| What is Laser Therapy?
Laser therapy is the use of monochromatic light emission from a low intensity laser diode (250 milliwatts or less) or an array of high intensity superluminous diodes (providing total optical power up to the 2000 milliwatt range). Conditions treated include musculoskeletal problems, the arthritides, sports injuries and dermatological conditions. The light source is placed in contact with the tissues allowing the photon energy to penetrate widely, where it interacts with various intracellular biomolecules resulting in the normalization of cellular components. This also enhances the body's natural healing processes. The following chart outlines some of the specific effects of Low Intensity Laser Therapy.
The technology utilizes superluminous and laser diodes to irradiate diseased or traumatized tissue with photons. These particles of energy are selectively absorbed by the cell membrane and intracellular molecules, resulting in the initiation of a cascade of complex physiological reactions, leading to the restoration of normal cell structure and function.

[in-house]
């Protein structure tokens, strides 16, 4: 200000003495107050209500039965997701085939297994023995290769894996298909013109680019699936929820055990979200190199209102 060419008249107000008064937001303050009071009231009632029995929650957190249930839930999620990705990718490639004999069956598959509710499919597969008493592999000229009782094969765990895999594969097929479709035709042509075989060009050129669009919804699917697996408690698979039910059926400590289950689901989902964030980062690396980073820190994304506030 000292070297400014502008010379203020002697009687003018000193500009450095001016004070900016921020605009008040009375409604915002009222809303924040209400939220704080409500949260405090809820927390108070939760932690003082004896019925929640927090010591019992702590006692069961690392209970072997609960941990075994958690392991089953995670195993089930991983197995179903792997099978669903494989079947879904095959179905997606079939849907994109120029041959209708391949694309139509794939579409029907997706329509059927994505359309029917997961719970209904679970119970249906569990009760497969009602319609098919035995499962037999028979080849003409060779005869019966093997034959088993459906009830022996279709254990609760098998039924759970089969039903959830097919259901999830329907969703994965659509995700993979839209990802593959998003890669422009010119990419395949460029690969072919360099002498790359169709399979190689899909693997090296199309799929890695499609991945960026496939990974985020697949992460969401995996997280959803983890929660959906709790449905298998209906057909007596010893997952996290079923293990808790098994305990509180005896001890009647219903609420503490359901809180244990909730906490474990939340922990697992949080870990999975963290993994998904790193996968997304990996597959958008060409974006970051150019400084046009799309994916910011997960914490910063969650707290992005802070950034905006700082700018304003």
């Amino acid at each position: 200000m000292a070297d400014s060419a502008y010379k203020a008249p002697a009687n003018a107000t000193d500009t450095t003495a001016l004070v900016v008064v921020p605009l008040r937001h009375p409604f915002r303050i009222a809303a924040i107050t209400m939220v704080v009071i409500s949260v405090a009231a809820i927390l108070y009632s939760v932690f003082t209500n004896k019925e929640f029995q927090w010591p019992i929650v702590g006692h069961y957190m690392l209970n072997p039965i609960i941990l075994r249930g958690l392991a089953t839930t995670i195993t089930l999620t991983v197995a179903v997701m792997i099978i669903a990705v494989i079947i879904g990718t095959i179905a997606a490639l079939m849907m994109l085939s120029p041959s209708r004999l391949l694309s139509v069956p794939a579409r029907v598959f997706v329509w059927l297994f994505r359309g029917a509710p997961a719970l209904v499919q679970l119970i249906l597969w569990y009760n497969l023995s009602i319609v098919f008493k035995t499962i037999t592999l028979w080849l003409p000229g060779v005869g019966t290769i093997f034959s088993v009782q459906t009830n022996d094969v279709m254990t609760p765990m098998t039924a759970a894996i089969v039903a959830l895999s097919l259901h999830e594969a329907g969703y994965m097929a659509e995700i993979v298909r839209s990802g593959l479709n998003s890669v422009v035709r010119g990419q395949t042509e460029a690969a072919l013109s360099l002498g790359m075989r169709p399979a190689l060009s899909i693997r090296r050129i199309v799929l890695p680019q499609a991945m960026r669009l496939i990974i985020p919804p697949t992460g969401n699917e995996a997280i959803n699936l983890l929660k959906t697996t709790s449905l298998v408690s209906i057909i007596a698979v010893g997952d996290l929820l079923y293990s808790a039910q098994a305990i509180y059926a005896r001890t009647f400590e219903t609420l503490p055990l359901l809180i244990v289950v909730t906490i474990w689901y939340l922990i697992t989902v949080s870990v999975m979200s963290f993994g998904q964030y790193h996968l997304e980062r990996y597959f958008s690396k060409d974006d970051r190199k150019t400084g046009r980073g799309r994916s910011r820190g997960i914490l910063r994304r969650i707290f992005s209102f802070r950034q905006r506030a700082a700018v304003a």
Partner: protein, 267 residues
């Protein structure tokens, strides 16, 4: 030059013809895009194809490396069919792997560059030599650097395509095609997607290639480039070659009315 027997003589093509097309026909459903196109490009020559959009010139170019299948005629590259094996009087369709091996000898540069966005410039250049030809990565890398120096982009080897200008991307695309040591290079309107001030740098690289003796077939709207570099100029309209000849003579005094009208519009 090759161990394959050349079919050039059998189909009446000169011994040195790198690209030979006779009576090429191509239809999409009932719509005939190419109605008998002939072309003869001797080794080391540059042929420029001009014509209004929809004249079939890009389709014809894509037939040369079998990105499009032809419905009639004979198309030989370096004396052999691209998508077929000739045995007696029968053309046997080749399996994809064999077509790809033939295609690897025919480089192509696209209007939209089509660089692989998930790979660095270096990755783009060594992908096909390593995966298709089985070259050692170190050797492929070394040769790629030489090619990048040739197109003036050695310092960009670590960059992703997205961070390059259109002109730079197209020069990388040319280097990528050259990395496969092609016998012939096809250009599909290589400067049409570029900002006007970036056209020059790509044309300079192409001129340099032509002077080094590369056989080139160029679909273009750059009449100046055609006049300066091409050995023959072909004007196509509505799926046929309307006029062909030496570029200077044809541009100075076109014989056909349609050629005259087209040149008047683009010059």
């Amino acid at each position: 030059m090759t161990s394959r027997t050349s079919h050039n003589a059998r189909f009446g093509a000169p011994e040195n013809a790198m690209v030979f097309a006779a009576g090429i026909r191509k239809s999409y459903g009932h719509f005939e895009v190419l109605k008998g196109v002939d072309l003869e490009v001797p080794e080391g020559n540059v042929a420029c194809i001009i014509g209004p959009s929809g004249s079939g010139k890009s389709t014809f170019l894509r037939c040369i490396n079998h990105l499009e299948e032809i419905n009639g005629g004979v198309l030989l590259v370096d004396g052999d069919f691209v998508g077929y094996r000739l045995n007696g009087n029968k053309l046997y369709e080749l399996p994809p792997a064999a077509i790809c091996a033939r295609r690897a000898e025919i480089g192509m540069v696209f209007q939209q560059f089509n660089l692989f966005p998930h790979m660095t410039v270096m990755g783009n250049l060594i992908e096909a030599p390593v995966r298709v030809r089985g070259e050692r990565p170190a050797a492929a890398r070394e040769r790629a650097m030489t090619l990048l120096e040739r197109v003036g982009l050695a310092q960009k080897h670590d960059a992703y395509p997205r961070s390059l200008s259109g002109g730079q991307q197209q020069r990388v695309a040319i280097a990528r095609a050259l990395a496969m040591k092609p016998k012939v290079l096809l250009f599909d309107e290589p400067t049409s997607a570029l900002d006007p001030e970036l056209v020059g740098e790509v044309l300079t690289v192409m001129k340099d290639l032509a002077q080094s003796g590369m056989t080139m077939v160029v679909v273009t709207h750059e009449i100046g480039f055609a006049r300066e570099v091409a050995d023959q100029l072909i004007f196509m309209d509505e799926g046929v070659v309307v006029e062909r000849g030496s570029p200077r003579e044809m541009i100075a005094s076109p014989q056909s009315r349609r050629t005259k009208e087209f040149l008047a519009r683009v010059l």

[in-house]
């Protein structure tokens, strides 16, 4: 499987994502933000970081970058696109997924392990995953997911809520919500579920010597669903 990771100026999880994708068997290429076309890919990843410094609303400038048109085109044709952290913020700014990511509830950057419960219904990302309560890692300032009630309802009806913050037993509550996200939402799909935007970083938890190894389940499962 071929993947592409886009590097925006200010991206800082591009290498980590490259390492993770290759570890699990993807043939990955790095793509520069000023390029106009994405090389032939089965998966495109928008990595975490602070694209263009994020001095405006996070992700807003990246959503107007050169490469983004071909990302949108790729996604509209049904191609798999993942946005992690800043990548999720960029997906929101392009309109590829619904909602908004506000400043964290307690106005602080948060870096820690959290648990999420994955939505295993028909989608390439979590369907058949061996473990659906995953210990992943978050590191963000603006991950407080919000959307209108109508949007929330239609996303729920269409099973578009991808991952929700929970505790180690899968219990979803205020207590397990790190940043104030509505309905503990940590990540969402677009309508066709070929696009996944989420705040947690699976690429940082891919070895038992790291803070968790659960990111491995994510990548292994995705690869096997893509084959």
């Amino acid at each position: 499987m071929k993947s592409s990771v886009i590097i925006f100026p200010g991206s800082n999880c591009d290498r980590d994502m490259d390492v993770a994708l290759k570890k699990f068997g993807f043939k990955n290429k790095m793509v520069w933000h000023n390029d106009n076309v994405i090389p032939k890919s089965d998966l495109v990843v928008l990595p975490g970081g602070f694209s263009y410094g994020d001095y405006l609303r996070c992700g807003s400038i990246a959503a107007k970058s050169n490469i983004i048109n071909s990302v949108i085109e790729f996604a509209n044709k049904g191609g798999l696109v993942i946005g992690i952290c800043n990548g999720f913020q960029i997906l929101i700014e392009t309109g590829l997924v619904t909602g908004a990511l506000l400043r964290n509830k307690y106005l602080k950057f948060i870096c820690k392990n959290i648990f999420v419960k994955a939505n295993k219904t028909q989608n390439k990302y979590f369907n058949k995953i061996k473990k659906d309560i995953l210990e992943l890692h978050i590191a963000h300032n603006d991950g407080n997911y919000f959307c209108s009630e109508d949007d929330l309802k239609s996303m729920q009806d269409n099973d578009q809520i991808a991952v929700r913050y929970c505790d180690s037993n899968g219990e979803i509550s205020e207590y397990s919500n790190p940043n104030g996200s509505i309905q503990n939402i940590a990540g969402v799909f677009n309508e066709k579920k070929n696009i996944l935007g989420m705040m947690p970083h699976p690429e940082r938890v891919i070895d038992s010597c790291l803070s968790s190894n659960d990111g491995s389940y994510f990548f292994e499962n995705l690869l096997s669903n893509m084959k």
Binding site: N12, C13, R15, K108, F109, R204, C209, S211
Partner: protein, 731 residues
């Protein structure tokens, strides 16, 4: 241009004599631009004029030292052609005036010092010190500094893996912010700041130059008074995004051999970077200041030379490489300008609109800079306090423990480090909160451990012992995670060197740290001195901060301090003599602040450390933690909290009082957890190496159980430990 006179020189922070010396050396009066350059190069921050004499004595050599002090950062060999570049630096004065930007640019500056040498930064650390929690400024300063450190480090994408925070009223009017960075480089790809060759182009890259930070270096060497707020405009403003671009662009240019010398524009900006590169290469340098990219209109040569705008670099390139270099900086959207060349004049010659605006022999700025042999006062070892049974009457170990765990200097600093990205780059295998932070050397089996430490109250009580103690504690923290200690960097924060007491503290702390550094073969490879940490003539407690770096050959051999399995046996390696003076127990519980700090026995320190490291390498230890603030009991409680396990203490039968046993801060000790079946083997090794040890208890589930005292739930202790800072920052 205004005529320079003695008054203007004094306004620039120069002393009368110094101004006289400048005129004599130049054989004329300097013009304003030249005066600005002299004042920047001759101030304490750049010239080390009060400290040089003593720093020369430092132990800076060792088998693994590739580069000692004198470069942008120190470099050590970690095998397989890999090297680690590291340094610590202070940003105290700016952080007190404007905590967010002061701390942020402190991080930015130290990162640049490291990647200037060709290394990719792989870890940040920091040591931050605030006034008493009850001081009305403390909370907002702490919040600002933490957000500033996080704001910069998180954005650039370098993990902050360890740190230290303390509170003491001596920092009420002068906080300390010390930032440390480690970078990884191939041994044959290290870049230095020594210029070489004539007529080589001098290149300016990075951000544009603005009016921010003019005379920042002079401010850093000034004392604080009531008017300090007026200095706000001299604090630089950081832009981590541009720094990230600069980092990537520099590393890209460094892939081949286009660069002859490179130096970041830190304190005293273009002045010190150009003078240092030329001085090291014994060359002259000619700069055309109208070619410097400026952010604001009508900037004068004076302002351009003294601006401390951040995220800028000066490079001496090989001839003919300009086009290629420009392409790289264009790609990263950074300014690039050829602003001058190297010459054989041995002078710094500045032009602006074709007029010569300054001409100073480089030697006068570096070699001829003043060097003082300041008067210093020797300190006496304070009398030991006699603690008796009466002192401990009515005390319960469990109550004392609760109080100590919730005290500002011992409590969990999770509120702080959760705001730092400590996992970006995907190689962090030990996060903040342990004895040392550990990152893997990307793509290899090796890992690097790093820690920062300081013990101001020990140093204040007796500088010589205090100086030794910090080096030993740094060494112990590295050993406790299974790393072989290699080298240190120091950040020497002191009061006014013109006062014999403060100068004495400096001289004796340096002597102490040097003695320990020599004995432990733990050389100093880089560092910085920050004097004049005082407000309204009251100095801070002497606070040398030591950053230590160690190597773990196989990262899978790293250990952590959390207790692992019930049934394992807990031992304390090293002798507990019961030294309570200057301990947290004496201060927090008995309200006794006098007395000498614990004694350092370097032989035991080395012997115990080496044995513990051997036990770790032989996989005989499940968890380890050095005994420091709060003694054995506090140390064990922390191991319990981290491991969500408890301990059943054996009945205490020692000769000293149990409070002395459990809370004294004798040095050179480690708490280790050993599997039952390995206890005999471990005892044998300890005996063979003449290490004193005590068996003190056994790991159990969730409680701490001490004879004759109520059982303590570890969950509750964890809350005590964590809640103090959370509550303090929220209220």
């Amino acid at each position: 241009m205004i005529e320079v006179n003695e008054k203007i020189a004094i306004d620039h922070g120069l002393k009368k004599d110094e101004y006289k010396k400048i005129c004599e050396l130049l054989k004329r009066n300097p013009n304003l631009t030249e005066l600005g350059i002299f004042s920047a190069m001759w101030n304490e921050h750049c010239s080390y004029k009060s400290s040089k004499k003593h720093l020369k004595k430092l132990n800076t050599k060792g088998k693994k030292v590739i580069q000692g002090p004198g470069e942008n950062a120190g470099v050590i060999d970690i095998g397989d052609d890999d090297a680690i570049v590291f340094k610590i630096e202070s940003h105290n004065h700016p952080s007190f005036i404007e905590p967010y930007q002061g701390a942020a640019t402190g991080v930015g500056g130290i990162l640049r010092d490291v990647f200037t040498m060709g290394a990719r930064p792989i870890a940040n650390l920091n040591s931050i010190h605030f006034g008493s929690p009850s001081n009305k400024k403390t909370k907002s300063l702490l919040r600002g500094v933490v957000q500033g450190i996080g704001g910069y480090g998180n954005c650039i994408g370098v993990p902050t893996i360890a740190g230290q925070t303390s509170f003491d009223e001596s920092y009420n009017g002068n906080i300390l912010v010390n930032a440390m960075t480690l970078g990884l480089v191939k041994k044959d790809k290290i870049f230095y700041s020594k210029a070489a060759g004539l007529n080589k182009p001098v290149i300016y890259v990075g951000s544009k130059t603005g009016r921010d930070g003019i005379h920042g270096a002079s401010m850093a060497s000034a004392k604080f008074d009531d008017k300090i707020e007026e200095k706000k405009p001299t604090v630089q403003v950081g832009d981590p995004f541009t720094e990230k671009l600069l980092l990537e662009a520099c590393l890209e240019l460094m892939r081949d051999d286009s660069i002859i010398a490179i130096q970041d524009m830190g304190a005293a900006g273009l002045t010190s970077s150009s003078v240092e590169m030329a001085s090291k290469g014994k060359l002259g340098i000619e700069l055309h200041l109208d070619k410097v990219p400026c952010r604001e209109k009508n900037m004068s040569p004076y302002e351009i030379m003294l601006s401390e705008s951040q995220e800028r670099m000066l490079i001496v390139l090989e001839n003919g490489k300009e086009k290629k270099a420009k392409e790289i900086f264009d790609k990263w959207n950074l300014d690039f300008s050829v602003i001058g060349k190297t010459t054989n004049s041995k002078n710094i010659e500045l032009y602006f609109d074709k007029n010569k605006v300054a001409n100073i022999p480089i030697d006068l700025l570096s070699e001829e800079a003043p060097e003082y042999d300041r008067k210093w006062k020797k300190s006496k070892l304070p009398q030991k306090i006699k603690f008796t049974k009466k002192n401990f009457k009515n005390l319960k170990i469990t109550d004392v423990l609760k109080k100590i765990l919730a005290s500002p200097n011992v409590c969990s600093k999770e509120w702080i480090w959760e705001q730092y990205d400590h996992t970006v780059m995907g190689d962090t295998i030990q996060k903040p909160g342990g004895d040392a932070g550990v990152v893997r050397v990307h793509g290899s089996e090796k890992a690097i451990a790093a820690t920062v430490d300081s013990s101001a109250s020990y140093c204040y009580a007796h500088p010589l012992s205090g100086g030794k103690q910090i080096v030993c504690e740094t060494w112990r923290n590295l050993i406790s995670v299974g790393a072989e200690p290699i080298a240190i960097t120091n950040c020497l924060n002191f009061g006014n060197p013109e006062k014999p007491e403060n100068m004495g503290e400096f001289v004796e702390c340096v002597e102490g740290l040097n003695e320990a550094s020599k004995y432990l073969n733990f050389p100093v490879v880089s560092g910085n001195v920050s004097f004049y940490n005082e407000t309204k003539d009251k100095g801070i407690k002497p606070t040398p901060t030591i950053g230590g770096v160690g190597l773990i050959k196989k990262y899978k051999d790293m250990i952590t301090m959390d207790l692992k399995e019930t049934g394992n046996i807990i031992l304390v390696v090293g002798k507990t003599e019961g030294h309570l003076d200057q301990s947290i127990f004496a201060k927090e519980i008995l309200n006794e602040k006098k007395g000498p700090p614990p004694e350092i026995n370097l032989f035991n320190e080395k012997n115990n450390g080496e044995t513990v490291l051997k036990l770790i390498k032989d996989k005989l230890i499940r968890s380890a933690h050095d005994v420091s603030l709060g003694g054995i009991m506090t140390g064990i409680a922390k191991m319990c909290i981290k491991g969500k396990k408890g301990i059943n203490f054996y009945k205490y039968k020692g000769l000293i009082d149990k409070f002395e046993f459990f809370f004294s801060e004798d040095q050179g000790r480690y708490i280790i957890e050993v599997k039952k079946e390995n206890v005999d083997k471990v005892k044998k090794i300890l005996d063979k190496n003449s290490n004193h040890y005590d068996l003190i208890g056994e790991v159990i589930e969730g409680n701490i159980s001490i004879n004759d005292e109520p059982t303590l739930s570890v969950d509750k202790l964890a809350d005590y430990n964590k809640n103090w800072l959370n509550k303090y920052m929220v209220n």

The process is curative and therefore results in the elimination of symptoms including pain. In addition, it enhances the body's immune system response and facilitates natural healing.
The therapy is completely safe and has no adverse side effects.
The technology is highly effective in the treatment of musculoskeletal conditions, arthritis, sports injuries, wound healing and a wide range of dermatological conditions.
The Advantages of Low Intensity Laser Therapy
The Physiological Effects of Low Intensity Laser Therapy
Short Term Effects
Long Term or Cumulative Effect
The beneficial physiological changes noted above are the result of cellular stimulation and tissue regeneration. Many other positive activities are modulated including the humoral and cerebral spinal fluid effects, which are highly significant and are currently under investigation in our research laboratory in order to accurately delineate the scientific aspects of this process.